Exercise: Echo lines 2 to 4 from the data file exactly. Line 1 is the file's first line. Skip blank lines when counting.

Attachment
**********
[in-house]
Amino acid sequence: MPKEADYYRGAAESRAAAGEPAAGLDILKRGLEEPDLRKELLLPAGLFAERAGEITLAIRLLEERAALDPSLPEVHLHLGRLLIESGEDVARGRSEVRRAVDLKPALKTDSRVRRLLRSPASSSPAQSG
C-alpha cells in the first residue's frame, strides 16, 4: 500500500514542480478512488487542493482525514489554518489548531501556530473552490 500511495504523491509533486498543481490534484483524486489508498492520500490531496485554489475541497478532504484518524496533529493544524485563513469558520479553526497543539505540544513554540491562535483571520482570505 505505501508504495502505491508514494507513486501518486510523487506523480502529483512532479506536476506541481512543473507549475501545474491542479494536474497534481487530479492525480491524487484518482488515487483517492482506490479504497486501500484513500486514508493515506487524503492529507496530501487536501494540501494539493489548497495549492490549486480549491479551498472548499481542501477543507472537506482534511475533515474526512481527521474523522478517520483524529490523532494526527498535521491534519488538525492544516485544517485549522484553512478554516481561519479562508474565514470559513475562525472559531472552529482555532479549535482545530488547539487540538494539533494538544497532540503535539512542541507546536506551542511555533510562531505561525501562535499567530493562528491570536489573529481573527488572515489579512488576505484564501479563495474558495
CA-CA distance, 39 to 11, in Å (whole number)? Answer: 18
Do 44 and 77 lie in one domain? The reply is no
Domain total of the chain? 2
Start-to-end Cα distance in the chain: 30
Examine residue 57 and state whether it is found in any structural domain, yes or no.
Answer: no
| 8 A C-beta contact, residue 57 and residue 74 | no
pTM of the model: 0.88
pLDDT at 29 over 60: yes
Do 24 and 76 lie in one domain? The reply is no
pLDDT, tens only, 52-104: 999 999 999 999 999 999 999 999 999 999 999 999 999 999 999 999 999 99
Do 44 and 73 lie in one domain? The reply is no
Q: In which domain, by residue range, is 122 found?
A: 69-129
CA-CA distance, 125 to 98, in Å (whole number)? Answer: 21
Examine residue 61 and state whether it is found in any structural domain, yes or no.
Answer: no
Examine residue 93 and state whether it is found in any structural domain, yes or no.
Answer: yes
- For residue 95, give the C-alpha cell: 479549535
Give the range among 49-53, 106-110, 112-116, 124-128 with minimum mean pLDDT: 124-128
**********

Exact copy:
Amino acid sequence: MPKEADYYRGAAESRAAAGEPAAGLDILKRGLEEPDLRKELLLPAGLFAERAGEITLAIRLLEERAALDPSLPEVHLHLGRLLIESGEDVARGRSEVRRAVDLKPALKTDSRVRRLLRSPASSSPAQSG
C-alpha cells in the first residue's frame, strides 16, 4: 500500500514542480478512488487542493482525514489554518489548531501556530473552490 500511495504523491509533486498543481490534484483524486489508498492520500490531496485554489475541497478532504484518524496533529493544524485563513469558520479553526497543539505540544513554540491562535483571520482570505 505505501508504495502505491508514494507513486501518486510523487506523480502529483512532479506536476506541481512543473507549475501545474491542479494536474497534481487530479492525480491524487484518482488515487483517492482506490479504497486501500484513500486514508493515506487524503492529507496530501487536501494540501494539493489548497495549492490549486480549491479551498472548499481542501477543507472537506482534511475533515474526512481527521474523522478517520483524529490523532494526527498535521491534519488538525492544516485544517485549522484553512478554516481561519479562508474565514470559513475562525472559531472552529482555532479549535482545530488547539487540538494539533494538544497532540503535539512542541507546536506551542511555533510562531505561525501562535499567530493562528491570536489573529481573527488572515489579512488576505484564501479563495474558495
CA-CA distance, 39 to 11, in Å (whole number)? Answer: 18